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So Long Audi A2 e-tron

The electric Audi A2 e-tron won’t be coming to a dealership near you after the company coils back in fear of price tag.

Audi has been one of the most puzzling carmaker these pas few decades. From it’s glorious racing heydays to today, the carmaker has seen a lot. After the fateful global recession and until 2009, Audi was claiming battery operated vehicles had no future. Six months later, the stunning e-tron prototype arrived and showed a complete turn around for the company. The public was so enthused, the company promised a slew of derivatives.

Technically Speaking. The lithium-ion battery pack was to be mounted under the floor and would pack 31 kWh of energy, 24 kWh usable. The electric motor would deliver 85 kW, 116 hp of peak power and 60 kW in continuous with 270 Nm, 199.14 lb-ft of torque, 160 Nm, 118.01 lb-ft in continuous. The range was to be 124.27 miles in European driving cycle with roughly 1.5 hours to fully recharge on a 400V three-phase current socket, 4 hours on a 230V socket. It would have been capable of wireless charging.

The Electric A2 etron. Electrifying the compact MPV A2 was a smart choice, unfortunately the company backed out when the sticker looked to be north of $50,000. While the regular gas version is stated to come here soon, the electric prototype will remain just that, an exercise.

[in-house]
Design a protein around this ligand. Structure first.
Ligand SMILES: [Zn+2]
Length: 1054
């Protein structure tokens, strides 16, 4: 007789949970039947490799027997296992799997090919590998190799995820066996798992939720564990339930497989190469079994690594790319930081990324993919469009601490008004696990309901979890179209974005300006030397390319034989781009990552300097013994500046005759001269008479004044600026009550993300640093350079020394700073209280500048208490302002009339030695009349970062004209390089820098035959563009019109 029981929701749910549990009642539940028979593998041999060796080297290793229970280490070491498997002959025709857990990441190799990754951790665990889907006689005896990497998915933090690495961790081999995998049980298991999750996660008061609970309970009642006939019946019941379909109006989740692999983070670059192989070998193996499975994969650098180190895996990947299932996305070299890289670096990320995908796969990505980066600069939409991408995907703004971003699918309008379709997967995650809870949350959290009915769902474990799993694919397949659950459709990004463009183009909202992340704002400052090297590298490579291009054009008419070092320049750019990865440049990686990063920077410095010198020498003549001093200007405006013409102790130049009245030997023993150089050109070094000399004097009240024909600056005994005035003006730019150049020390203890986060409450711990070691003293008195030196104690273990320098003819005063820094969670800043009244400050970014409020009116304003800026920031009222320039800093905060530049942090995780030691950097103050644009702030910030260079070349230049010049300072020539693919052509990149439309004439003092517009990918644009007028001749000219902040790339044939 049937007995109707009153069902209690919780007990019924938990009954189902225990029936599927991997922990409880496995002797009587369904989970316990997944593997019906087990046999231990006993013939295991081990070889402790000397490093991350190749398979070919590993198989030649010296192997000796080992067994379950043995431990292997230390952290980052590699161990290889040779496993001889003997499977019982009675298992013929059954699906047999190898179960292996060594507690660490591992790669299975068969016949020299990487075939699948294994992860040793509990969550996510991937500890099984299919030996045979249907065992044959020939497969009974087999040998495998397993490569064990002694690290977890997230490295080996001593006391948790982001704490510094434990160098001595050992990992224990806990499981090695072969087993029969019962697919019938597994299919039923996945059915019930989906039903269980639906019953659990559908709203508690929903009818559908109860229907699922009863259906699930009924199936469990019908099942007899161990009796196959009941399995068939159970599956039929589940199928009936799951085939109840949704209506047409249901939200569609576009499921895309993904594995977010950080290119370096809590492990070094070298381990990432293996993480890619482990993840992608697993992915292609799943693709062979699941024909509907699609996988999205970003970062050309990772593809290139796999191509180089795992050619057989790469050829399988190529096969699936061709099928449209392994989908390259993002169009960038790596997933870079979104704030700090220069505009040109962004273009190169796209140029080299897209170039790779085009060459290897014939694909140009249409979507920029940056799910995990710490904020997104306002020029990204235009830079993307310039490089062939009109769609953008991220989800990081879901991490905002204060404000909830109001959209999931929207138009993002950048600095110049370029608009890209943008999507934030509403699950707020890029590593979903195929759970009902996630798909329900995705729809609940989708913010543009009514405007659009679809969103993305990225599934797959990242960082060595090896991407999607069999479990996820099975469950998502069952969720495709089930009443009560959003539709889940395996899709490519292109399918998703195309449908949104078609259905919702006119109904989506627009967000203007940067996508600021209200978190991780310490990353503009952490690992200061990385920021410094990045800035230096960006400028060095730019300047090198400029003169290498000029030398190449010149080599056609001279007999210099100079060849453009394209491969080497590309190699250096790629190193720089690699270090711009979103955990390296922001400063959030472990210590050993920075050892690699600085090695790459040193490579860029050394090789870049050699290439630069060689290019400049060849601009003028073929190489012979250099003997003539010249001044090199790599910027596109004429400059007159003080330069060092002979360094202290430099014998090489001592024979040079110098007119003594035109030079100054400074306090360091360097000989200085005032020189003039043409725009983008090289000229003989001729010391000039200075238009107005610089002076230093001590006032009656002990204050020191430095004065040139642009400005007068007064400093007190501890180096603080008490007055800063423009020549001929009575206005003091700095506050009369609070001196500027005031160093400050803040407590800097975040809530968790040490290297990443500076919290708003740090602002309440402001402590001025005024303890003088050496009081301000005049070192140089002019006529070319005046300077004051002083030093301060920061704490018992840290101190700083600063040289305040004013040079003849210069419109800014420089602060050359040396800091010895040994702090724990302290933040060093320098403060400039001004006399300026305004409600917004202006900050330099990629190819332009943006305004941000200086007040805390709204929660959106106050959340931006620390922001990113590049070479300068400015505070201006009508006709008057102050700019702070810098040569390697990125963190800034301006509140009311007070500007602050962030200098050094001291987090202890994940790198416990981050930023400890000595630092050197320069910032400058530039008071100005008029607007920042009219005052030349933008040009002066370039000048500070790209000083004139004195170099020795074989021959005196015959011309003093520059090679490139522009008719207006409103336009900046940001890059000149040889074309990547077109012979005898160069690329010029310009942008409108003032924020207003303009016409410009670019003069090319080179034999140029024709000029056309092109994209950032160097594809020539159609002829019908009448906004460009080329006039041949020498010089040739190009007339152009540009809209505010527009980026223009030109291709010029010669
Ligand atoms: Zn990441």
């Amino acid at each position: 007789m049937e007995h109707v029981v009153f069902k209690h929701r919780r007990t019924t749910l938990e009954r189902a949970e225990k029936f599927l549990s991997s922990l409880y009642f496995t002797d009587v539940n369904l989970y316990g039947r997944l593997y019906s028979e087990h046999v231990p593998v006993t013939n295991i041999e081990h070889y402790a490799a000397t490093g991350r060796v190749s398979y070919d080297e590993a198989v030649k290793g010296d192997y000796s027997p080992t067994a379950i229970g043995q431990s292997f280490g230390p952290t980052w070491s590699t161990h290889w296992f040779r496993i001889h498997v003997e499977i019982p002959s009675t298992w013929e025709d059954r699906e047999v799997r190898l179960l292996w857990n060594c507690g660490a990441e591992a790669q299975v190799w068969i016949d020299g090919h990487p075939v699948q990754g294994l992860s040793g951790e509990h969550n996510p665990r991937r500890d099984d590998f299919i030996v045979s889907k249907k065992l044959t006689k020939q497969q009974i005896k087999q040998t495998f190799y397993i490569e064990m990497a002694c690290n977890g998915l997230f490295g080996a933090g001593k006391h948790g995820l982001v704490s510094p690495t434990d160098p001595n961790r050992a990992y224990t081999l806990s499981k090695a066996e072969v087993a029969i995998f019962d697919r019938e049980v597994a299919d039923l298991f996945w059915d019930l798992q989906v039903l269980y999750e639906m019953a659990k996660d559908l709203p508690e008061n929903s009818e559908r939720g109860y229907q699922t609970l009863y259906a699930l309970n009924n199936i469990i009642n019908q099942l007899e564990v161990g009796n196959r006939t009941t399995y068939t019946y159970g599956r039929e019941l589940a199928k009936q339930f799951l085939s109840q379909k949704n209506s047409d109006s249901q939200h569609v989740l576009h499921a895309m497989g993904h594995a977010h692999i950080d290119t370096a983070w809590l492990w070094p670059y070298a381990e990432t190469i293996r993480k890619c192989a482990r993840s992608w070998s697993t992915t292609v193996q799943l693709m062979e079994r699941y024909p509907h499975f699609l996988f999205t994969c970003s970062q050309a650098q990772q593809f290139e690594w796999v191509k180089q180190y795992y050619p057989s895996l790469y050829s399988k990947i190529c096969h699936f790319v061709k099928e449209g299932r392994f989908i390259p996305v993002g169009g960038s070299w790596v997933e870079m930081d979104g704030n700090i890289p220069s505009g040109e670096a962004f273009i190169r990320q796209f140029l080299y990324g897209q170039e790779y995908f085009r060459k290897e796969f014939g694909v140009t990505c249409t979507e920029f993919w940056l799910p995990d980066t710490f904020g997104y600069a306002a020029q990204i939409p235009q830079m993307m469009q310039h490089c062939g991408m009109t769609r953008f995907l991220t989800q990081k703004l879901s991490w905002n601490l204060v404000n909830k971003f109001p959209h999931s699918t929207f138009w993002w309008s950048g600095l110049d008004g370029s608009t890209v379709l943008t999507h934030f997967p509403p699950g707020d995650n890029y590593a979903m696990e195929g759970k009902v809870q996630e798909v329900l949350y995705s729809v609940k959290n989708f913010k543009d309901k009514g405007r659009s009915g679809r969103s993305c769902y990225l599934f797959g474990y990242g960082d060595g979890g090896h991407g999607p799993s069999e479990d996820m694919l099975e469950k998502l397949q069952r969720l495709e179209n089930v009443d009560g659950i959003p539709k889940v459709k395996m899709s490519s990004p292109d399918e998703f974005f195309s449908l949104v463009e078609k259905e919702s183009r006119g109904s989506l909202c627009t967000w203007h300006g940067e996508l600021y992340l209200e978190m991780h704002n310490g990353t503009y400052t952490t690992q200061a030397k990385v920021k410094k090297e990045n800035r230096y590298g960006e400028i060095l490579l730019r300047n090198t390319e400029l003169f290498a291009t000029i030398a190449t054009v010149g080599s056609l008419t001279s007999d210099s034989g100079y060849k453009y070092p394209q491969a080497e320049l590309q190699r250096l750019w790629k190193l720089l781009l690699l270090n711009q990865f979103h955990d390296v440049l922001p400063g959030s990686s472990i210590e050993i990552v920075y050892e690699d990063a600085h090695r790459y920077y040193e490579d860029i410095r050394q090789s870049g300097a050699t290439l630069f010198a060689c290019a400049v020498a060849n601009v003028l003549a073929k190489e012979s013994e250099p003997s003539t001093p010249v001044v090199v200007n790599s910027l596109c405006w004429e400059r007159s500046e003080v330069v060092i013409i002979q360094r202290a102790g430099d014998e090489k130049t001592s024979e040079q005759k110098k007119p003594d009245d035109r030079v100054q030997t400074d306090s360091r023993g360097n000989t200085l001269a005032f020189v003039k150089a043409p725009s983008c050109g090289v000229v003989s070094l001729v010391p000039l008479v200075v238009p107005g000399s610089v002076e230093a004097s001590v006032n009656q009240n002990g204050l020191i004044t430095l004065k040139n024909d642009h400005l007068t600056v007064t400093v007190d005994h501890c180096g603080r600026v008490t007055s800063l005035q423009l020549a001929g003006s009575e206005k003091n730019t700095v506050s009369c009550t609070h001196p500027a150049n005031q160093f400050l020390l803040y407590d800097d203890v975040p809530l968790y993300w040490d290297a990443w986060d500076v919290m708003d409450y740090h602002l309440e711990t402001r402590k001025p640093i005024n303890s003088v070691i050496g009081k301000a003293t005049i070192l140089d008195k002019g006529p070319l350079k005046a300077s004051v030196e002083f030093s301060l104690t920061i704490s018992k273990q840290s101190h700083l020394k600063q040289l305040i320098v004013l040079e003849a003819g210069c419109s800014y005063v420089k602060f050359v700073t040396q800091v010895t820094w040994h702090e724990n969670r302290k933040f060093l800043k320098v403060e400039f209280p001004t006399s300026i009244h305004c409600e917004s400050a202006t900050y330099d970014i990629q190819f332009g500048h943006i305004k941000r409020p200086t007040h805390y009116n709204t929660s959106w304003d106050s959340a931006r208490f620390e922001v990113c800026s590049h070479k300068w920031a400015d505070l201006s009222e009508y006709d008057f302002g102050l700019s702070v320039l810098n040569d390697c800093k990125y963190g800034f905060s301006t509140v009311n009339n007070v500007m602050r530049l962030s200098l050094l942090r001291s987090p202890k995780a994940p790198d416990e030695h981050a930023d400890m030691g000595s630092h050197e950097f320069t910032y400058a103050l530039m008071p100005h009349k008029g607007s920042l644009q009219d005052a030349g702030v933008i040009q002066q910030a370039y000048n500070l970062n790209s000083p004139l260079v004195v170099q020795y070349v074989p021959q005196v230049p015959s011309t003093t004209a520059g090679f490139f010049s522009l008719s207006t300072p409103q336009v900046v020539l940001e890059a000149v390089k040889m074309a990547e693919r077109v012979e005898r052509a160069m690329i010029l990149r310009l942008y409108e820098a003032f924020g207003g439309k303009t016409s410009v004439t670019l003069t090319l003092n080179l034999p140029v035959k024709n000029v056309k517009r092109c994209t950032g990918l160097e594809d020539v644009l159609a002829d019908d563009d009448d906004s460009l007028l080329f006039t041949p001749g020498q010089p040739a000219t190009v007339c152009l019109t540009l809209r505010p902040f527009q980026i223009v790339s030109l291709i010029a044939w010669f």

To be fair, the company never promised an electric A2 but it sends a mix message. BMW can electrify two of its cars, Ford can do the same with its Focus and Tesla has proven that current laptop battery technology was good enough for a 240 mile range roadster, why can’t Audi do the same?

The Plug-In Hybrid A2. Along with this news comes the one about no plug-in hybrid A2 either. Stated to use a rotary Wankel motor as its on-board generator, the project has also been shut down.

This leaves the German market with BMW currently the only one to commercialize a plug-in hybrid and a pure electric car soon, respectively the i8 and i3. Mercedes-Daimler is close to releasing their respective cars, leaving Audi behind. It is a shame since the company made such a comeback from flat claiming electric powered car as unsustainable to: “Look at what we have in store for you!” The problem is with nothing happening, the message can be a little confusing.

In the meantime, this leaves the rest of the industry to do their best. Some like Ford and BMW use gasoline designed cars to slap on an electric drive successfully, while others design their electric cars from scratch, as with the Nissan Leaf. We can only hope that Audi will put some electric rubber burn to the street soon instead of promising exciting cars that cannot be delivered.